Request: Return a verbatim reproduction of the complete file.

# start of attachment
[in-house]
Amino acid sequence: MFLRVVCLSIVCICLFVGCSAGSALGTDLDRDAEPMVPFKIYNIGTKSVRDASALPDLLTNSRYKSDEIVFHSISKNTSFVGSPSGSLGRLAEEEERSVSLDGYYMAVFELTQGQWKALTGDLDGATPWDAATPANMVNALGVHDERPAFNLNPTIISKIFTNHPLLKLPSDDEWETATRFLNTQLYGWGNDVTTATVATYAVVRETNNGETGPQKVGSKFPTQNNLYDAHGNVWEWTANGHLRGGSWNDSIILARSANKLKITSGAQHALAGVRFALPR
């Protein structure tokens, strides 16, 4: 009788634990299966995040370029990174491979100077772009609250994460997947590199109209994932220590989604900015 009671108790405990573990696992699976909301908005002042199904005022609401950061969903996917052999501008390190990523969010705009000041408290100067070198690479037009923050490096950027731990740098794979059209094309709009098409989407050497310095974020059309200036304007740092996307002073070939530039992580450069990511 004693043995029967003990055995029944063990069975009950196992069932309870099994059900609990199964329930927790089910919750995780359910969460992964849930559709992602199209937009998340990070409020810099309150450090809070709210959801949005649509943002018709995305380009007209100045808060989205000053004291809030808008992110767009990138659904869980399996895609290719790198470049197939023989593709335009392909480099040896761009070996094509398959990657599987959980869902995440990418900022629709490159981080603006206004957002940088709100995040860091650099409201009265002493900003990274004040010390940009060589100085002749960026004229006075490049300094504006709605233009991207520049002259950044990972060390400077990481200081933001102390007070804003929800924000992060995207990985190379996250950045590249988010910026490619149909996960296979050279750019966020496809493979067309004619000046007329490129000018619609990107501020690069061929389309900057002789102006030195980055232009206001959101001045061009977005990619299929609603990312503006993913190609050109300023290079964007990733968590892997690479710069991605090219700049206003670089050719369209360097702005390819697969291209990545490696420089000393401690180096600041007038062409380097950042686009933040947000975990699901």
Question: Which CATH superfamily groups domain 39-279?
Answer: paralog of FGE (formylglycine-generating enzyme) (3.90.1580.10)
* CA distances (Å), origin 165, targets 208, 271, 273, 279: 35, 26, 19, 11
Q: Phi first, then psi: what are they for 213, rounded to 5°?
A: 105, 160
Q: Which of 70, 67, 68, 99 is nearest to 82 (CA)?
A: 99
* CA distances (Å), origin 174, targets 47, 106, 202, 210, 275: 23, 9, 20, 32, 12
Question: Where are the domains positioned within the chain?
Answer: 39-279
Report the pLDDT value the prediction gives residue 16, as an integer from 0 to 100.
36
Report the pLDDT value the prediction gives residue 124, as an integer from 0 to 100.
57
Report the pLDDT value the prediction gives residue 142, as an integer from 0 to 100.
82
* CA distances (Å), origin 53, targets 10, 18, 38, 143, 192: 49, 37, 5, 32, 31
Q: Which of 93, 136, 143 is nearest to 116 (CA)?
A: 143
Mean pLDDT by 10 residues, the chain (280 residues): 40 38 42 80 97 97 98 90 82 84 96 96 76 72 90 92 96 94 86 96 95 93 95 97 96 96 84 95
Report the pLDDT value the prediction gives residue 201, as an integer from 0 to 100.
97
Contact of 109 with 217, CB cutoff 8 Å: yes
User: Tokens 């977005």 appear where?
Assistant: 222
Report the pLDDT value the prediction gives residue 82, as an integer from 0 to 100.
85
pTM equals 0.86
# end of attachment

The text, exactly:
[in-house]
Amino acid sequence: MFLRVVCLSIVCICLFVGCSAGSALGTDLDRDAEPMVPFKIYNIGTKSVRDASALPDLLTNSRYKSDEIVFHSISKNTSFVGSPSGSLGRLAEEEERSVSLDGYYMAVFELTQGQWKALTGDLDGATPWDAATPANMVNALGVHDERPAFNLNPTIISKIFTNHPLLKLPSDDEWETATRFLNTQLYGWGNDVTTATVATYAVVRETNNGETGPQKVGSKFPTQNNLYDAHGNVWEWTANGHLRGGSWNDSIILARSANKLKITSGAQHALAGVRFALPR
């Protein structure tokens, strides 16, 4: 009788634990299966995040370029990174491979100077772009609250994460997947590199109209994932220590989604900015 009671108790405990573990696992699976909301908005002042199904005022609401950061969903996917052999501008390190990523969010705009000041408290100067070198690479037009923050490096950027731990740098794979059209094309709009098409989407050497310095974020059309200036304007740092996307002073070939530039992580450069990511 004693043995029967003990055995029944063990069975009950196992069932309870099994059900609990199964329930927790089910919750995780359910969460992964849930559709992602199209937009998340990070409020810099309150450090809070709210959801949005649509943002018709995305380009007209100045808060989205000053004291809030808008992110767009990138659904869980399996895609290719790198470049197939023989593709335009392909480099040896761009070996094509398959990657599987959980869902995440990418900022629709490159981080603006206004957002940088709100995040860091650099409201009265002493900003990274004040010390940009060589100085002749960026004229006075490049300094504006709605233009991207520049002259950044990972060390400077990481200081933001102390007070804003929800924000992060995207990985190379996250950045590249988010910026490619149909996960296979050279750019966020496809493979067309004619000046007329490129000018619609990107501020690069061929389309900057002789102006030195980055232009206001959101001045061009977005990619299929609603990312503006993913190609050109300023290079964007990733968590892997690479710069991605090219700049206003670089050719369209360097702005390819697969291209990545490696420089000393401690180096600041007038062409380097950042686009933040947000975990699901």
Question: Which CATH superfamily groups domain 39-279?
Answer: paralog of FGE (formylglycine-generating enzyme) (3.90.1580.10)
* CA distances (Å), origin 165, targets 208, 271, 273, 279: 35, 26, 19, 11
Q: Phi first, then psi: what are they for 213, rounded to 5°?
A: 105, 160
Q: Which of 70, 67, 68, 99 is nearest to 82 (CA)?
A: 99
* CA distances (Å), origin 174, targets 47, 106, 202, 210, 275: 23, 9, 20, 32, 12
Question: Where are the domains positioned within the chain?
Answer: 39-279
Report the pLDDT value the prediction gives residue 16, as an integer from 0 to 100.
36
Report the pLDDT value the prediction gives residue 124, as an integer from 0 to 100.
57
Report the pLDDT value the prediction gives residue 142, as an integer from 0 to 100.
82
* CA distances (Å), origin 53, targets 10, 18, 38, 143, 192: 49, 37, 5, 32, 31
Q: Which of 93, 136, 143 is nearest to 116 (CA)?
A: 143
Mean pLDDT by 10 residues, the chain (280 residues): 40 38 42 80 97 97 98 90 82 84 96 96 76 72 90 92 96 94 86 96 95 93 95 97 96 96 84 95
Report the pLDDT value the prediction gives residue 201, as an integer from 0 to 100.
97
Contact of 109 with 217, CB cutoff 8 Å: yes
User: Tokens 């977005």 appear where?
Assistant: 222
Report the pLDDT value the prediction gives residue 82, as an integer from 0 to 100.
85
pTM equals 0.86